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Thoughts in remembrance of 911

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Here are a couple of clips of how the world responded after that event:

* Rejoicing: Fox News footage of Palestinians dancing and celebrating at the news of the fall of the twin towers on 911.-IainB (September 10, 2011, 08:02 AM)
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Didn't see this thread when it was posted. (New Year Resolution: read DC even more. Only good things can come from that!). I want to use my one post in this thread to say that world history did not start on 9-11, and when we reflect on certain events of that day and the days since, we do a great disservice to everyone involved if we pretend that it did. If history started on 9-11, then the footage of "dancing Palestinians" only serves to prove Palestinians are wicked people with an unexplained hatred for the US and the rest of the Western world. That, of course, is a horrible lie - exactly the kind of lie that gets whole nations cheering for murderous wars. ("Iraqi troops taking Kuwaiti babies out of incubators and dropping them on the hospital floor to die" was another, you probably remember that one.)

You won't see these lies unmasked on CNN or Fox (or even on BBC these days), but there's still that Internet thing. Not to justify or to sugarcoat, but to understand why: Palestinians celebrating 9/11 - a reply from The Electronic Intifada

Really reaching here... where's the harm?

The pic's taken in southern India. The guy's probably a menial laborer working in the Gulf where he picked up the shirt. He would probably be dumb enough to wear it in Manhattan if someone told him it was OK. I wouldn't think too much about it, God knows he doesn't. :)
-nosh (December 26, 2011, 08:19 AM)
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I don't know where it was taken. I assumed that most people would know what the imagery represented though. The point about someone manufacturing it is a good point though. e.g. If you know that it represents, you obviously have a view point if you try to profit from it.

@IainB - No offense here. I simply find celebrations of mass death distasteful. I may have read into it more than I should have.

By the same token, I don't find swastikas offensive as for me whenever I see them, they don't represent Nazi Germany for me (usually). They're religious symbols that predate that.

@tranglos - I'm neutral on the Israel/Palestine issue. I just don't know enough about it to take a side. My only comment is that "killing people is bad".

My take on 911 - Fair warning - this is offensive to war mongers
My take on 911 is that it's been used politically for some very, very evil purposes. The deaths of those people have been mocked and shit on. They've been used to bomb and murder countless thousands of people. Estimates of civilian casualties in Iraq range from 130,000 to over 600,000 people. That's just Iraq.... And only civilian casualties. The fallout is far worse than just that. That's just the tip of the iceberg.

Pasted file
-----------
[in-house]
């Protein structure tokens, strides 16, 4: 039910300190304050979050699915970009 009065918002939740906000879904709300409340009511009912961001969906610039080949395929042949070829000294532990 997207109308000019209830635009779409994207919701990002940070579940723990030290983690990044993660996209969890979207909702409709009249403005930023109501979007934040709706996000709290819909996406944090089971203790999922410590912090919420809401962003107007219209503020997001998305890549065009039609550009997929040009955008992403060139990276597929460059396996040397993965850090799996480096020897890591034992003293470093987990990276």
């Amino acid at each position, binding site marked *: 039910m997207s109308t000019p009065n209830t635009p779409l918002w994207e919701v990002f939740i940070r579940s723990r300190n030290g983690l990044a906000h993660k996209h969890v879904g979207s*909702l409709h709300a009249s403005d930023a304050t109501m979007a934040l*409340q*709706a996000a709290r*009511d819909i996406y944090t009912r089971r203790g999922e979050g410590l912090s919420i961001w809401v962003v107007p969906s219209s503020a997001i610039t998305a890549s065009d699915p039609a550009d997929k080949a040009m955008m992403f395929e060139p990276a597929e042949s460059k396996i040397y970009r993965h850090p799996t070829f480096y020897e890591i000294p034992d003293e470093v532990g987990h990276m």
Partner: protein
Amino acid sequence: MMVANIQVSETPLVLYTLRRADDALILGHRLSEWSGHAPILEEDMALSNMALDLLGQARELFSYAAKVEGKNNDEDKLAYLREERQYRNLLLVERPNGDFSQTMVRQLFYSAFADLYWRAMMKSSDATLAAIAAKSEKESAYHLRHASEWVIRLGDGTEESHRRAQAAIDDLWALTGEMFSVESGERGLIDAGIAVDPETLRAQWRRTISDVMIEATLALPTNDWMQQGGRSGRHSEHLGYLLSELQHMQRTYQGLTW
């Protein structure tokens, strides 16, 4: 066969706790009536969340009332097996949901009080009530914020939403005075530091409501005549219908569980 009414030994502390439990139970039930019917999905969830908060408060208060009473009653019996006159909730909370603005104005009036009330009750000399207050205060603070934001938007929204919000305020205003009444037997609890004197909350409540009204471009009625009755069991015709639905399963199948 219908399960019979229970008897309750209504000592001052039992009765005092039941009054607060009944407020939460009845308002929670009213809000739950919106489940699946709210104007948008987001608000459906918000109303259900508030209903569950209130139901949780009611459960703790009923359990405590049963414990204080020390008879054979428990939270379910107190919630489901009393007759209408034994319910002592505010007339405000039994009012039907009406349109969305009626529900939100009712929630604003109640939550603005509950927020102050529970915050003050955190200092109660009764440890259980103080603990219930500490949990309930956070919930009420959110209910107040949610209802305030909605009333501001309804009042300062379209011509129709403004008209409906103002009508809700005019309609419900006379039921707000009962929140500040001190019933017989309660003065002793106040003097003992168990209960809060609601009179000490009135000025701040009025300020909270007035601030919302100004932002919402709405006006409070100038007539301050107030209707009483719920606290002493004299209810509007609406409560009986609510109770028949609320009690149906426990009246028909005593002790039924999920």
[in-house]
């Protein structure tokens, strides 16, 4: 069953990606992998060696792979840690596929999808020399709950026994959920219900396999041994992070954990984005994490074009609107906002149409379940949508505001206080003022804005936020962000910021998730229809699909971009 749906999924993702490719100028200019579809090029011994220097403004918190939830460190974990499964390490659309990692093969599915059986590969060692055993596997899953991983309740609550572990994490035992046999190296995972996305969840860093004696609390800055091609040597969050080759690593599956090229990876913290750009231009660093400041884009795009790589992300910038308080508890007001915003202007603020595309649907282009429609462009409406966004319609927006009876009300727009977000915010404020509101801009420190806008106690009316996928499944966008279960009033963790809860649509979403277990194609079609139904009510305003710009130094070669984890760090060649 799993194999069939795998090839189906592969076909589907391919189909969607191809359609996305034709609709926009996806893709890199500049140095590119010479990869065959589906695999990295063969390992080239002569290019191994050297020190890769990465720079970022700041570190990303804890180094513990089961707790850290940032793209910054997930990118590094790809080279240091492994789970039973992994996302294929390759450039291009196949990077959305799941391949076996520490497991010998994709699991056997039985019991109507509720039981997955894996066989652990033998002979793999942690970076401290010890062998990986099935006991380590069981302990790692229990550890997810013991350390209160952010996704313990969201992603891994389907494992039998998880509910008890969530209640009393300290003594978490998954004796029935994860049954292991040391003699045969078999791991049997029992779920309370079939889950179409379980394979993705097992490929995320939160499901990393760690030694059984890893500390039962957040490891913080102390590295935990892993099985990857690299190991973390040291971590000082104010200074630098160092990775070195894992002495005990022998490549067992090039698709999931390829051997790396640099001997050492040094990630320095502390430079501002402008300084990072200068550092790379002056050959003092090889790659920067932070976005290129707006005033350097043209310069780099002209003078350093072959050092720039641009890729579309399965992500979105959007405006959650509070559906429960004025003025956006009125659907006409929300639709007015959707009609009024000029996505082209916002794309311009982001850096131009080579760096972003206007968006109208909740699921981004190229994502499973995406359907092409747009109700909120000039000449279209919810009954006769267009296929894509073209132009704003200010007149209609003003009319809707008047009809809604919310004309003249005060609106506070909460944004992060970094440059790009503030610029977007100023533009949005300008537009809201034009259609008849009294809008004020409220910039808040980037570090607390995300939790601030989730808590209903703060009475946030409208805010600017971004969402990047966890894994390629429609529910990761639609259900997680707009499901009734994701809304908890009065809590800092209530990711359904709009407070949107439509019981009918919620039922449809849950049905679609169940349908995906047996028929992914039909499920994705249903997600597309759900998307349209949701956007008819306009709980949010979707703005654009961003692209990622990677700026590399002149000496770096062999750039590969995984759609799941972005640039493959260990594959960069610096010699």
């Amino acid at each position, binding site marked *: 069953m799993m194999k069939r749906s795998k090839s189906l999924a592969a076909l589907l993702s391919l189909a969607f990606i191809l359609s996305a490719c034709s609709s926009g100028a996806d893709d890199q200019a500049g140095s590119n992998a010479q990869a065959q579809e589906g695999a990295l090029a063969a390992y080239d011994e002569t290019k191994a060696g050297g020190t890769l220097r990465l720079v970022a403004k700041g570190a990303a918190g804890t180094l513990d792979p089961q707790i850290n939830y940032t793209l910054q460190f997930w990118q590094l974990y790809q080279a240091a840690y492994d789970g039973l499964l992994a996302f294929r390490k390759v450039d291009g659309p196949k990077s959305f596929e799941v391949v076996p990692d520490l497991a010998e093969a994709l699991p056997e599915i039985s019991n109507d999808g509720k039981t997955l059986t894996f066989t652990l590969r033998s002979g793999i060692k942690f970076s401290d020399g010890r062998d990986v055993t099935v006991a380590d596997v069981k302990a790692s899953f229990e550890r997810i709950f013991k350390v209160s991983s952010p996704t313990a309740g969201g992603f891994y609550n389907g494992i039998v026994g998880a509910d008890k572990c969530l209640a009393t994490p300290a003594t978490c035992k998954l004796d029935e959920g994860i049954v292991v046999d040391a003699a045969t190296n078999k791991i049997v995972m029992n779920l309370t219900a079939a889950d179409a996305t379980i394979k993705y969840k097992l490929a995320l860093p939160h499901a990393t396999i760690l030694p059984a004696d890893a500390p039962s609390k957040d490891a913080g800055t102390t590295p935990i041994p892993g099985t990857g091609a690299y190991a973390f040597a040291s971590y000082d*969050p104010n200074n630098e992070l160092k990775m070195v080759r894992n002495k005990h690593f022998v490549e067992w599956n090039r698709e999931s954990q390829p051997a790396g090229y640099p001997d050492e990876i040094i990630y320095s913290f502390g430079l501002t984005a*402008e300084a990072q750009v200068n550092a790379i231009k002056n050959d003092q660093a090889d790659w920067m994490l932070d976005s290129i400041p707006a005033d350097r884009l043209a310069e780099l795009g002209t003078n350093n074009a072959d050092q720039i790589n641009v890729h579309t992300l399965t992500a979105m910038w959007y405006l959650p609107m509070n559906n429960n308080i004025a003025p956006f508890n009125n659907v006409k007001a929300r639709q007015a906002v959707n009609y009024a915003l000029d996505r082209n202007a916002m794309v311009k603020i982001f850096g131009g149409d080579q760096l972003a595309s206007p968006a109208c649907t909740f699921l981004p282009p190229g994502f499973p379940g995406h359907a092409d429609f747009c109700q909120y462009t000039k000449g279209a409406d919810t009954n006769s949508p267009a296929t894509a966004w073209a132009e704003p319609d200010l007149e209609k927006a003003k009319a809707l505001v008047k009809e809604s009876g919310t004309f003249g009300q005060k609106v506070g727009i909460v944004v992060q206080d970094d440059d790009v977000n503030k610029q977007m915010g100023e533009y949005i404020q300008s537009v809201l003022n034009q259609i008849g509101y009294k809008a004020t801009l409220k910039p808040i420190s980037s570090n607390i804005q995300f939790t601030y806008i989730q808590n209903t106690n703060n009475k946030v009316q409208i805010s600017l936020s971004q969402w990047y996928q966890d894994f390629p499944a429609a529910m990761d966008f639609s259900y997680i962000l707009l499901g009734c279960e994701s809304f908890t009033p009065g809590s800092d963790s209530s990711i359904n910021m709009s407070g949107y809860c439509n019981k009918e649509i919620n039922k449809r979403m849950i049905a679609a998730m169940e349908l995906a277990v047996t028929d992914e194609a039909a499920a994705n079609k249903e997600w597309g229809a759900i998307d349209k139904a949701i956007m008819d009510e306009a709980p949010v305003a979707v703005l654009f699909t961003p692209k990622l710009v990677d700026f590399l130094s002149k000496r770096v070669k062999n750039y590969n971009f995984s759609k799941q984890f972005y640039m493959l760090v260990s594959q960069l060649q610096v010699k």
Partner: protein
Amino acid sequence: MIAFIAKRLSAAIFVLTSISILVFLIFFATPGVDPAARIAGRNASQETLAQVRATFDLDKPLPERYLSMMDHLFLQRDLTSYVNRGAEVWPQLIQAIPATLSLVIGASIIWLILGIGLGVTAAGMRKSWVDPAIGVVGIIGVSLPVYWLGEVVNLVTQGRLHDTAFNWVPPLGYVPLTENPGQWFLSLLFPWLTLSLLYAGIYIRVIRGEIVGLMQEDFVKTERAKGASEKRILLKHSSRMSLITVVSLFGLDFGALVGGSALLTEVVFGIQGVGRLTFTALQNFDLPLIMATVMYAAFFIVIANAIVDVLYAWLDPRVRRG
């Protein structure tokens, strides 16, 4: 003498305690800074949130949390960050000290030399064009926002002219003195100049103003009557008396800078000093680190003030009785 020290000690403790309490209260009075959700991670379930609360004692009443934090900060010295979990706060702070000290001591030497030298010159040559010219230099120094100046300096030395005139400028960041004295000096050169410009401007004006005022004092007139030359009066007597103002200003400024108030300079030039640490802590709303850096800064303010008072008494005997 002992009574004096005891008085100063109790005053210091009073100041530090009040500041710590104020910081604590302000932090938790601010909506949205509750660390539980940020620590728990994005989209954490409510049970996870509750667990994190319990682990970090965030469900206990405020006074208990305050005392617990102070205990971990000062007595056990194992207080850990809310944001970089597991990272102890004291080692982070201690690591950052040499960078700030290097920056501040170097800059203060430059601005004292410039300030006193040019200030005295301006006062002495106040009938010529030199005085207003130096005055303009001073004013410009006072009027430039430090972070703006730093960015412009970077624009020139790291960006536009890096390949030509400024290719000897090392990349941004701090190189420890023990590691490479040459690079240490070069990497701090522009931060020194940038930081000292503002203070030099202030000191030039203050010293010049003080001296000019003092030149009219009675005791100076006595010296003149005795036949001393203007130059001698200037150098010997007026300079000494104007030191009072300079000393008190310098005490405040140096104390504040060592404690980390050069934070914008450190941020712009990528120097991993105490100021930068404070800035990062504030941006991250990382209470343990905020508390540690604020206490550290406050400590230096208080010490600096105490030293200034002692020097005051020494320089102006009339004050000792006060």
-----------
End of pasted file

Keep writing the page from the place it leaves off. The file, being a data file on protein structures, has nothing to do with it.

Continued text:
Some people may remember Public Enemy:

Well, as far as I can see, the US government has made 911 a joke again.

The response of the British to 911 was to align themselves squarely alongside the US and send troops into Afghanistan and Iraq.
And look at this result: something really uplifting: Wherever You Are (Military Wives with Gareth Malone) Official Video
I've bought that single 3 times - and I suspect many people have done similarly.
Amazing. The Beeb must have made a mistake and done something positive for a change.
I don't even live in the UK - abandoned the place years ago, yet this song brought tears to my eyes.

Or, if that sort of thing is not to your taste, then maybe you might try to get your upliftment form here instead: Gotta Get Them Damn Jews In Order To Save the World
Hop on over to the Facebook link they give in that post - 100.000.000 person hate Israel and feel the lurve. You might like to report that Facebook page for racial and religious hatred, or like/friend it instead and feel like you are helping Palestine in their jihad (holy war).

Quite coincidentally, I started reading Hitler's Mein Kampf a week ago. That was because my daughter Lily had a project to do just before school closed for the Christmas holidays. It was to watch a movie - The Boy in the Striped Pyjamas - and then do some research on the Nazi death camps, and then write it up as project notes.

Lily knew it was about the Holocaust. I have told her a lot about Hitler and the death camps, and she is fascinated in how he could get the German people to do such despicable and horrifying acts. She understands that it seems to be something in us all - not just those "bad" Germans, that has the potential for this sort of psychopathic crime against "other" ("not us") humanity, and that we must not forget these lessons of history.